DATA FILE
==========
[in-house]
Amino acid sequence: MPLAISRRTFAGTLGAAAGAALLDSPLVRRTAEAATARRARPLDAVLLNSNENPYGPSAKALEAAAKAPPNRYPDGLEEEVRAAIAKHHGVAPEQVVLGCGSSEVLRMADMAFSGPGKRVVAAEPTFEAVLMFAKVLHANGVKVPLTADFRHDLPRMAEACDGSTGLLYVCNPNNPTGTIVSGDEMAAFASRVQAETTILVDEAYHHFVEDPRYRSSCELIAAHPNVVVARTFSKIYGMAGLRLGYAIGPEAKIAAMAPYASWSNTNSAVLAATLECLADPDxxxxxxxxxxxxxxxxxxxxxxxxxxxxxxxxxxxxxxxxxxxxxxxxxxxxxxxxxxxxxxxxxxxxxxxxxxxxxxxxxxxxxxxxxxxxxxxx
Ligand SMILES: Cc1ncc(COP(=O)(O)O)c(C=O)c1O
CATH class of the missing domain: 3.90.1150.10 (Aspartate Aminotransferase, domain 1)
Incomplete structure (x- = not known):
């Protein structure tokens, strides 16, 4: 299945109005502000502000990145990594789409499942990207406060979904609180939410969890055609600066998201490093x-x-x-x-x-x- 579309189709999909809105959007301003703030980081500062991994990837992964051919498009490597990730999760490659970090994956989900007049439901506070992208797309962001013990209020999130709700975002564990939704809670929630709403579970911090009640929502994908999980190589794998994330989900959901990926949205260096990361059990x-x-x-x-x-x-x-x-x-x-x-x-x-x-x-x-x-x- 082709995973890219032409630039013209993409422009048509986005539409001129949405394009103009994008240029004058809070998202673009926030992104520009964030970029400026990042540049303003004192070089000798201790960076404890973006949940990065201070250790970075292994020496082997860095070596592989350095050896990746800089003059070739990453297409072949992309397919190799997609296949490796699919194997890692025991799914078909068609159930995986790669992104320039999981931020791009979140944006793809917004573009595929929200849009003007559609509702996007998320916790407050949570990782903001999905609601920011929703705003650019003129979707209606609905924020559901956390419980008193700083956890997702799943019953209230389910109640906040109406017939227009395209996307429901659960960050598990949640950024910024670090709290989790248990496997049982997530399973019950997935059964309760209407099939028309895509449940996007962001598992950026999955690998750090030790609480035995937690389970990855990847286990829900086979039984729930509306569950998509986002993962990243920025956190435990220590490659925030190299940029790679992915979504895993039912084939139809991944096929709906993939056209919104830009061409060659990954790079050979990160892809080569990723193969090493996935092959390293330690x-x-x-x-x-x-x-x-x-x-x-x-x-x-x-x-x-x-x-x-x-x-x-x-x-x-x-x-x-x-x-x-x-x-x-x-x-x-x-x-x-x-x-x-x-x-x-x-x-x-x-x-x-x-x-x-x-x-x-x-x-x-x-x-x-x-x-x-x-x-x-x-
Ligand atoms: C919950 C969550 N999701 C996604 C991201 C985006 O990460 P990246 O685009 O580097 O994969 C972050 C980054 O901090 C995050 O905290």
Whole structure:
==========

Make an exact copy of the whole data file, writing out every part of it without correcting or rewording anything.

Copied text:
[in-house]
Amino acid sequence: MPLAISRRTFAGTLGAAAGAALLDSPLVRRTAEAATARRARPLDAVLLNSNENPYGPSAKALEAAAKAPPNRYPDGLEEEVRAAIAKHHGVAPEQVVLGCGSSEVLRMADMAFSGPGKRVVAAEPTFEAVLMFAKVLHANGVKVPLTADFRHDLPRMAEACDGSTGLLYVCNPNNPTGTIVSGDEMAAFASRVQAETTILVDEAYHHFVEDPRYRSSCELIAAHPNVVVARTFSKIYGMAGLRLGYAIGPEAKIAAMAPYASWSNTNSAVLAATLECLADPDxxxxxxxxxxxxxxxxxxxxxxxxxxxxxxxxxxxxxxxxxxxxxxxxxxxxxxxxxxxxxxxxxxxxxxxxxxxxxxxxxxxxxxxxxxxxxxxx
Ligand SMILES: Cc1ncc(COP(=O)(O)O)c(C=O)c1O
CATH class of the missing domain: 3.90.1150.10 (Aspartate Aminotransferase, domain 1)
Incomplete structure (x- = not known):
């Protein structure tokens, strides 16, 4: 299945109005502000502000990145990594789409499942990207406060979904609180939410969890055609600066998201490093x-x-x-x-x-x- 579309189709999909809105959007301003703030980081500062991994990837992964051919498009490597990730999760490659970090994956989900007049439901506070992208797309962001013990209020999130709700975002564990939704809670929630709403579970911090009640929502994908999980190589794998994330989900959901990926949205260096990361059990x-x-x-x-x-x-x-x-x-x-x-x-x-x-x-x-x-x- 082709995973890219032409630039013209993409422009048509986005539409001129949405394009103009994008240029004058809070998202673009926030992104520009964030970029400026990042540049303003004192070089000798201790960076404890973006949940990065201070250790970075292994020496082997860095070596592989350095050896990746800089003059070739990453297409072949992309397919190799997609296949490796699919194997890692025991799914078909068609159930995986790669992104320039999981931020791009979140944006793809917004573009595929929200849009003007559609509702996007998320916790407050949570990782903001999905609601920011929703705003650019003129979707209606609905924020559901956390419980008193700083956890997702799943019953209230389910109640906040109406017939227009395209996307429901659960960050598990949640950024910024670090709290989790248990496997049982997530399973019950997935059964309760209407099939028309895509449940996007962001598992950026999955690998750090030790609480035995937690389970990855990847286990829900086979039984729930509306569950998509986002993962990243920025956190435990220590490659925030190299940029790679992915979504895993039912084939139809991944096929709906993939056209919104830009061409060659990954790079050979990160892809080569990723193969090493996935092959390293330690x-x-x-x-x-x-x-x-x-x-x-x-x-x-x-x-x-x-x-x-x-x-x-x-x-x-x-x-x-x-x-x-x-x-x-x-x-x-x-x-x-x-x-x-x-x-x-x-x-x-x-x-x-x-x-x-x-x-x-x-x-x-x-x-x-x-x-x-x-x-x-x-
Ligand atoms: C919950 C969550 N999701 C996604 C991201 C985006 O990460 P990246 O685009 O580097 O994969 C972050 C980054 O901090 C995050 O905290």
Whole structure: